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NATO welcomes Turkey and Greece canceling military exercises

Turkey and Greece have agreed to cancel rival military exercises deflating the rising tensions in the Mediterranean

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Turkey and Greece have agreed to cancel rival military exercises that were to have been held next week on their respective national days, NATO’s Secretary-General Jens Stoltenberg said Friday.

The neighbours, while NATO members, are at loggerheads over energy drilling and maritime rights in the eastern Mediterranean and the alliance has set up a hotline to head off accidental clashes.

“This is a very welcome step,” Stoltenberg said after a videoconference of NATO defence ministers, including Greece’s Nikos Panagiotopoulos and Turkey’s Hulusi Akar. “These are steps in the right direction, and it helps to reduce the risks for instance and accidents.”

Read more: Turkey’s escalating conflict with Greece, Cyprus on table for EU meeting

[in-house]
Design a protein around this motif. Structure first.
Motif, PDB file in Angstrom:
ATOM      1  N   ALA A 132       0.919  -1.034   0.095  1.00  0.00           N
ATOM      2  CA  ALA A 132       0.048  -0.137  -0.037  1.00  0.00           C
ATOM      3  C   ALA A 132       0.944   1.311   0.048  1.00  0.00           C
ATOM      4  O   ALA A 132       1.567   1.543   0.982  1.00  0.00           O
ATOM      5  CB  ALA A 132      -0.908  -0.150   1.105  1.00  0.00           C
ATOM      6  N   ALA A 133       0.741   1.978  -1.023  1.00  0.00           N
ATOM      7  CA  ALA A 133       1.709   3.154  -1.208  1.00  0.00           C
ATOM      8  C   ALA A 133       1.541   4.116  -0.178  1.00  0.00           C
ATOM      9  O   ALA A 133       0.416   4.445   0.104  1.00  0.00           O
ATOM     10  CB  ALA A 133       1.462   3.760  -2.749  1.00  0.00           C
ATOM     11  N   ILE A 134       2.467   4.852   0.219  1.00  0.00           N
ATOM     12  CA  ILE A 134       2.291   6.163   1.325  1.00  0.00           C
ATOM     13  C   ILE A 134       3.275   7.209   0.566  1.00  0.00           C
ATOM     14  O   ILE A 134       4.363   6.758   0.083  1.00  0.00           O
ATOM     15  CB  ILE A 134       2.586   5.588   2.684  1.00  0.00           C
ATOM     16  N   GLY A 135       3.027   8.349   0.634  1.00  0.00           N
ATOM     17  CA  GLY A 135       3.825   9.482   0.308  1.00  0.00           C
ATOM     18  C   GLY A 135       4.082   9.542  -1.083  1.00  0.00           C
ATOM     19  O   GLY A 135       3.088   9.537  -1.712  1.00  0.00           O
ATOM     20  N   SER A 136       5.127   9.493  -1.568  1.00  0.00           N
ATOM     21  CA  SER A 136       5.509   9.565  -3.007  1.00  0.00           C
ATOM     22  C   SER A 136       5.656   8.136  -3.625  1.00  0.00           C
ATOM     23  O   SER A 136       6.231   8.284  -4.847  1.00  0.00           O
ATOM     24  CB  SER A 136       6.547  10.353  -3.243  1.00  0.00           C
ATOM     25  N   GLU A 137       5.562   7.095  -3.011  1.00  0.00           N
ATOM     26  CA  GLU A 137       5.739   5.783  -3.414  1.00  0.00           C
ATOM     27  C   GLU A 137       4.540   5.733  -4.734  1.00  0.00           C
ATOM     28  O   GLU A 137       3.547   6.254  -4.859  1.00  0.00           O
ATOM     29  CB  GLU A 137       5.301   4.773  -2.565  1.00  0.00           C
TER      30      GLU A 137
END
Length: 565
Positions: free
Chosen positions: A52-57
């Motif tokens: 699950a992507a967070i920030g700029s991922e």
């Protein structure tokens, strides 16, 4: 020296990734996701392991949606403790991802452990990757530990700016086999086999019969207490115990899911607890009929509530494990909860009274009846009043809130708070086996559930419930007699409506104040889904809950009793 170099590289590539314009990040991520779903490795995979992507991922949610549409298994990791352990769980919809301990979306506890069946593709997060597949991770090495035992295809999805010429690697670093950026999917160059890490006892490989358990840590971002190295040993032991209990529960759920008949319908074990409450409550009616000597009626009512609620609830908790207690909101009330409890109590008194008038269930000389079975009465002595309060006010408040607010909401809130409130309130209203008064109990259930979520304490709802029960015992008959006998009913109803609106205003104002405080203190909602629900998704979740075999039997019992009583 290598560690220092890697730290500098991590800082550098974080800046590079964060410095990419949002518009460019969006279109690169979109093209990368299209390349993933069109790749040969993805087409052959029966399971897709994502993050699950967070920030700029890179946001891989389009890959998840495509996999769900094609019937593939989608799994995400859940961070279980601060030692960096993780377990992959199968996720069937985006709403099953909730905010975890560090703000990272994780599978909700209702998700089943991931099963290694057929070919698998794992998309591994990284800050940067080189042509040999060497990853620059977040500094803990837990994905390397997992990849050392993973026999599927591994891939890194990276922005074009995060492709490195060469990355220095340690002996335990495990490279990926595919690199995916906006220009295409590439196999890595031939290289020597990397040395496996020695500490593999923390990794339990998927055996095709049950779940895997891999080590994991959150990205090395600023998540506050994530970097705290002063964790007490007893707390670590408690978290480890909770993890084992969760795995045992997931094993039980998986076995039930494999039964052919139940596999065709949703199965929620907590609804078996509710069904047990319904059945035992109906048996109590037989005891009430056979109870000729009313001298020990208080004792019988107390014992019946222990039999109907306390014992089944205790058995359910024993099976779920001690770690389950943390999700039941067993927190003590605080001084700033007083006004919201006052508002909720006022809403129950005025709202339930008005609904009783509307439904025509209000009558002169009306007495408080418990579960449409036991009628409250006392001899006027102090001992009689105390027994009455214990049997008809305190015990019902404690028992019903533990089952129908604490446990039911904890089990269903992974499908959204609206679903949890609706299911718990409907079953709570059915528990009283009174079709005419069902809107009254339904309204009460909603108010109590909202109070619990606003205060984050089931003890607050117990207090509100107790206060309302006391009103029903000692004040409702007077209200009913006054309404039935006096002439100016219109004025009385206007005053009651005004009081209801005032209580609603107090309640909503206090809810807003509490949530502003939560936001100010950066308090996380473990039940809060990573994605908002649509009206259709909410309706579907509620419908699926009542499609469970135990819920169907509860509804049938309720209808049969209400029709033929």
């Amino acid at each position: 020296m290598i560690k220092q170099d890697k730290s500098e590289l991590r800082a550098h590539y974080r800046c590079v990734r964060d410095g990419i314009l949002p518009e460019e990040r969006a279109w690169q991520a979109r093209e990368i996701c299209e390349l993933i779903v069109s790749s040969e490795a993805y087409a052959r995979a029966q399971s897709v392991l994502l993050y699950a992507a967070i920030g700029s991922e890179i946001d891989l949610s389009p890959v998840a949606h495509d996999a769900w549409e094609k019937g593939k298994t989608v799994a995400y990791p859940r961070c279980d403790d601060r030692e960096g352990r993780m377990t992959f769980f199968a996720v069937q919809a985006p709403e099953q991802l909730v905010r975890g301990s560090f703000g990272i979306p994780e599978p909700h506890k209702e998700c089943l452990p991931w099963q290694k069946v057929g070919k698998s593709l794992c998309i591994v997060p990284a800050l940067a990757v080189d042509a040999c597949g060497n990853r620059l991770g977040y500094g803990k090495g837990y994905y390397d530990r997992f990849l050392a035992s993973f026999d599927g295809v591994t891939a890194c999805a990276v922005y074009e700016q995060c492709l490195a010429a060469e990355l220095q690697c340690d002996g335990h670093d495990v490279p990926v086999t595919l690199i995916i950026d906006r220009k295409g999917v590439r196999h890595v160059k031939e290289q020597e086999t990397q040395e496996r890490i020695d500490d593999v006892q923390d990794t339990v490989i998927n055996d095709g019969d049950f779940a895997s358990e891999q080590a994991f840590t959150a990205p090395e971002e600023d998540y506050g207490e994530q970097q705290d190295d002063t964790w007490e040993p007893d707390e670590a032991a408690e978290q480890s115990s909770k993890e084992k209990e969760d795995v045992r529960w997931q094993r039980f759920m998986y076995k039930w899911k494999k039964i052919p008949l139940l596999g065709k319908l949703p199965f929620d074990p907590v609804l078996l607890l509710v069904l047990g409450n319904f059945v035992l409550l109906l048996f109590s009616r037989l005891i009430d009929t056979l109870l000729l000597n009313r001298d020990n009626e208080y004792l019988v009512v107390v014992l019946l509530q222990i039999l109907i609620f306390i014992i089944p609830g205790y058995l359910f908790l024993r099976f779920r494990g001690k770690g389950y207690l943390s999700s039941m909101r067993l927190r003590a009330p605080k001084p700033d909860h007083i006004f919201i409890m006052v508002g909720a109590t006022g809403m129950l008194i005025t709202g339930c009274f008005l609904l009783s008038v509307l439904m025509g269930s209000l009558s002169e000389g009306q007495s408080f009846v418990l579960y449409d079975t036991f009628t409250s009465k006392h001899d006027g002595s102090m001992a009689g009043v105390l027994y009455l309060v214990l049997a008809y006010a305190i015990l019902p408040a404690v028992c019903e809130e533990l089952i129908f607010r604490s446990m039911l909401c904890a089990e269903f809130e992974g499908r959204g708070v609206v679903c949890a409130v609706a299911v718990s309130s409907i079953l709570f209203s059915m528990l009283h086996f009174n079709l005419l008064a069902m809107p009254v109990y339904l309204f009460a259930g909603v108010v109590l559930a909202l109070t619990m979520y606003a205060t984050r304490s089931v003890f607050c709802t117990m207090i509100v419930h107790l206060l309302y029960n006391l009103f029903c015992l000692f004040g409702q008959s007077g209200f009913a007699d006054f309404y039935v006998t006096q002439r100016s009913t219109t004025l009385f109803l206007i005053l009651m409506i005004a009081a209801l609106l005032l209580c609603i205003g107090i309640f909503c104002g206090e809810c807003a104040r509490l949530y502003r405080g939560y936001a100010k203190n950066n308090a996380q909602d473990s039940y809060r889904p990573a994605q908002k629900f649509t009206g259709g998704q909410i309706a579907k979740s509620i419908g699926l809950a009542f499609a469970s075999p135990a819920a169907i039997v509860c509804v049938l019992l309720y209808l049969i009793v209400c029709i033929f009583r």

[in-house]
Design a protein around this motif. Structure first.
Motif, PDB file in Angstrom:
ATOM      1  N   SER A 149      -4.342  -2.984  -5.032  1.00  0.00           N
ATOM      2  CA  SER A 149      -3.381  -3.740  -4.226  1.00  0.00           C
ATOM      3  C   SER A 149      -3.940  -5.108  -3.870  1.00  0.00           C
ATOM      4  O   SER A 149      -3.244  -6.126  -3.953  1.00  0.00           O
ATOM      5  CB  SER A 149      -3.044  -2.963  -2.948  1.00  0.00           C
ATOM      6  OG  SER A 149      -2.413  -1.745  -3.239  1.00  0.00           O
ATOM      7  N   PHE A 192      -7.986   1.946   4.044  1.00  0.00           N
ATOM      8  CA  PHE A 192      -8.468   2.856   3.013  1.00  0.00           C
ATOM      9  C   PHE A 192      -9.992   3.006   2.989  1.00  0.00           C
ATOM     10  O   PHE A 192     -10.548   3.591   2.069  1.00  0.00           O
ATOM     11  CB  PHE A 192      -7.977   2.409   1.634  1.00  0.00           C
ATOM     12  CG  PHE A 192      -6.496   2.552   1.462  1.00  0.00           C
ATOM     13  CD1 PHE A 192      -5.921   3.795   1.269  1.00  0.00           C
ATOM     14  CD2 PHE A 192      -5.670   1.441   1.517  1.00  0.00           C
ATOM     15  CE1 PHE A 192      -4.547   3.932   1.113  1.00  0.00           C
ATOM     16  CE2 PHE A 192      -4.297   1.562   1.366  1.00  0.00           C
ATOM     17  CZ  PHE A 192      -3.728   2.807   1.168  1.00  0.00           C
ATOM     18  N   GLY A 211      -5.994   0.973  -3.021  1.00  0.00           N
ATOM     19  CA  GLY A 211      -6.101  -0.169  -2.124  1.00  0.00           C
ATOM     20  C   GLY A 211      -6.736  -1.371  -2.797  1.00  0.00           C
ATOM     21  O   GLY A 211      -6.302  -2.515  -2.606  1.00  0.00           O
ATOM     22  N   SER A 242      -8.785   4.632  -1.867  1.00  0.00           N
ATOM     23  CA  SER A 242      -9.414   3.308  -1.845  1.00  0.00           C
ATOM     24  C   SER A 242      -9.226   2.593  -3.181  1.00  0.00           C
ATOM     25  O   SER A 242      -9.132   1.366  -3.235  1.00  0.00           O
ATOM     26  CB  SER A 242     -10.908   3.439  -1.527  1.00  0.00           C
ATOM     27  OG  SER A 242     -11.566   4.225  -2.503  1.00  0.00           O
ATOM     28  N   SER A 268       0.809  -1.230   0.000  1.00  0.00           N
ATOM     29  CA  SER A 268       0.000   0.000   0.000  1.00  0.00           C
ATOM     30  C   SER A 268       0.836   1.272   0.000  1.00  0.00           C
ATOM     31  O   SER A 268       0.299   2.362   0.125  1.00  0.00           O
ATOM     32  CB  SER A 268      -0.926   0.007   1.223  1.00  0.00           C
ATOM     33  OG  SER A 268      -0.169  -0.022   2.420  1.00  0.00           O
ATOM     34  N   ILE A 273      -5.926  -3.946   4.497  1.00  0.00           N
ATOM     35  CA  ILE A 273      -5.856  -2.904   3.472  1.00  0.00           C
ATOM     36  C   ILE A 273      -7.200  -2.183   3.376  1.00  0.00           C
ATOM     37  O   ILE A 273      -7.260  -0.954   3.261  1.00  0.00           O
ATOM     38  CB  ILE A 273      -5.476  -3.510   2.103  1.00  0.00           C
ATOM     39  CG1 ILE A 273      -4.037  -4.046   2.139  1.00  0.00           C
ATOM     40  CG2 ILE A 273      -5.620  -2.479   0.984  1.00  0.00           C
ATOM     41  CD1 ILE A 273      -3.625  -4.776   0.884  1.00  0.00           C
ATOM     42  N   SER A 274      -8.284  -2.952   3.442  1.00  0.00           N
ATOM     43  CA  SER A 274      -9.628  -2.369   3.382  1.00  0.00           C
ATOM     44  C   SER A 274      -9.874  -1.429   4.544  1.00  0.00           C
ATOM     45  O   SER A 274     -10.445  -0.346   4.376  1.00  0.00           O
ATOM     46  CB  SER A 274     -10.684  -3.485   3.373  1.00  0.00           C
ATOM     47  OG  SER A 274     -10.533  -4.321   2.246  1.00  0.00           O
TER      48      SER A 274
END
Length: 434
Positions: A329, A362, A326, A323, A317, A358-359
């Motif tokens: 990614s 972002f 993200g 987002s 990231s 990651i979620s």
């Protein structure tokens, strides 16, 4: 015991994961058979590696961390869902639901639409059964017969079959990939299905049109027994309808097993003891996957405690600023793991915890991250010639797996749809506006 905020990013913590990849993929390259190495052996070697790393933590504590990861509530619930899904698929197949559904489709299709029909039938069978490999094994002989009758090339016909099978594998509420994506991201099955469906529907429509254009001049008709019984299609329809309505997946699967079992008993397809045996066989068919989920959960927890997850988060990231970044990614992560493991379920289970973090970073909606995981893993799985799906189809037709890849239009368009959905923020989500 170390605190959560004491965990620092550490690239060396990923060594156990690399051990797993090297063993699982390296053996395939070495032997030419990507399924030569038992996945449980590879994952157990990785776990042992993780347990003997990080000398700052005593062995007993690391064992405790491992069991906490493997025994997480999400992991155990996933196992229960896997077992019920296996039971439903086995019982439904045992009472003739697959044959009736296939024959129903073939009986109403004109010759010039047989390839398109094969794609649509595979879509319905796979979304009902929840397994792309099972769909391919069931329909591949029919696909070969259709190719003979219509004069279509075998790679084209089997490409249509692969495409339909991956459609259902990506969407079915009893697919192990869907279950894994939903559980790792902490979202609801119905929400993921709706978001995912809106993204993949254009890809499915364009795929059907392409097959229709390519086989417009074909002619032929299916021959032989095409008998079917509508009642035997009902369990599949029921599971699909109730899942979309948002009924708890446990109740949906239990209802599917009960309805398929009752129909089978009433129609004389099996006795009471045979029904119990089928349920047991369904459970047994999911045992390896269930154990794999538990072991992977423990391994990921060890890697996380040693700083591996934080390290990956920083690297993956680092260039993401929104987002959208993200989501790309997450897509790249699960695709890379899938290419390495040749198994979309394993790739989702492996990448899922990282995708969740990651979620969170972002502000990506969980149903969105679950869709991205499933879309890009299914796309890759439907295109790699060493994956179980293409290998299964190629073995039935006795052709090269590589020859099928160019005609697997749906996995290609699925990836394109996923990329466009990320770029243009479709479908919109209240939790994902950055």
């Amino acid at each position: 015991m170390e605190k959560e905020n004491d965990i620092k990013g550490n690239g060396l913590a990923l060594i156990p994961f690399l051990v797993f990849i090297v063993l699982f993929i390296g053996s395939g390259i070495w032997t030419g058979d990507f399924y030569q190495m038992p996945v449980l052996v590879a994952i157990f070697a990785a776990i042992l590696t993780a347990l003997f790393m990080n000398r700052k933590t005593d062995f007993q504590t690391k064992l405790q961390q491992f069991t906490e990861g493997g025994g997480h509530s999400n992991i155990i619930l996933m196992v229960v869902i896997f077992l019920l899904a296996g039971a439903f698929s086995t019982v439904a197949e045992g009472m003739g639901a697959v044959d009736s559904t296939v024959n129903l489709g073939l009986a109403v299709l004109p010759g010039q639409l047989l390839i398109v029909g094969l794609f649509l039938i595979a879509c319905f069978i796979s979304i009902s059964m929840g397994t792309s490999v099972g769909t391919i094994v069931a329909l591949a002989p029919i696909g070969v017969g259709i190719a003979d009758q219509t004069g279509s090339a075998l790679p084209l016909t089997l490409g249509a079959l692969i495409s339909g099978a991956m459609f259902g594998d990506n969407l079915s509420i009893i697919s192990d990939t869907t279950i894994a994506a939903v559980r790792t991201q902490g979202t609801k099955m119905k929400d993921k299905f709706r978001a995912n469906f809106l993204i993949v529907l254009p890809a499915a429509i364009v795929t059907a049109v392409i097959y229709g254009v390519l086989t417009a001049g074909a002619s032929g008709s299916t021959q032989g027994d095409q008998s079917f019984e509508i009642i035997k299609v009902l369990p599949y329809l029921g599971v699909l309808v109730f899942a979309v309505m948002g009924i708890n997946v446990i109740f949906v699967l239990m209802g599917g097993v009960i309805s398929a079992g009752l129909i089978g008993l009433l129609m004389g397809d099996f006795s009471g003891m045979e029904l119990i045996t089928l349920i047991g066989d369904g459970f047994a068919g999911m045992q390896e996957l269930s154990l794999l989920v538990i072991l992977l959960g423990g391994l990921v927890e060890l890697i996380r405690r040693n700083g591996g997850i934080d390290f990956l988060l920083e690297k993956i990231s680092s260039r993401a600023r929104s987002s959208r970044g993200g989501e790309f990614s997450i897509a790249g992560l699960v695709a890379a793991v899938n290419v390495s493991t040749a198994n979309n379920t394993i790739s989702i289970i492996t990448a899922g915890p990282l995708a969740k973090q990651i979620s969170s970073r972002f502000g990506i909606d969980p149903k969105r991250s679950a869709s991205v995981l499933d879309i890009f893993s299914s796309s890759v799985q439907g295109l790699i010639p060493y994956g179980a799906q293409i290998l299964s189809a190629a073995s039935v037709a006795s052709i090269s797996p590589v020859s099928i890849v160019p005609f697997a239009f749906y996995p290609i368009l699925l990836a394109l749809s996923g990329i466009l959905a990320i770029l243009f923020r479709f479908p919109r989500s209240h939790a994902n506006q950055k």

Greece had been expected to conduct exercises on Wednesday October 28, its Oxi Day holiday, and Turkey on Thursday, celebrated there as Republic Day.

Turkey has deployed the Oruc Reis, a gas exploration vessel under military escort into Greek waters off the island of Kastellorizo, and Greek vessels are nearby.

Addressing a news conference after two days of talks on a variety of topics, Stoltenberg confirmed he had raised the situation with the Greek and Turkish ministers.

“I will say that we had a good and constructive talks and allies expressed a strong support for the NATO de-confliction mechanism,” Stoltenberg said.

“I welcome now the fact that we have been able to see some concrete steps in that direction with the cancellation of the two exercises.”

French Defence Minister Florence Parly also hailed the decisions to cancel the military exercises, stressing the need to “respect international law and restore stability in the region”.

Stoltenberg also welcomed Germany’s diplomatic mediation in the underlying dispute.

Read more: River Evros at the centre of latest Turkey-Greece tension

On Thursday, he had warned that — while NATO could help keep the rival militaries apart — it would be down to Ankara and Athens to open a dialogue to resolve their long-standing differences.

AFP with additional input by GVS News Desk

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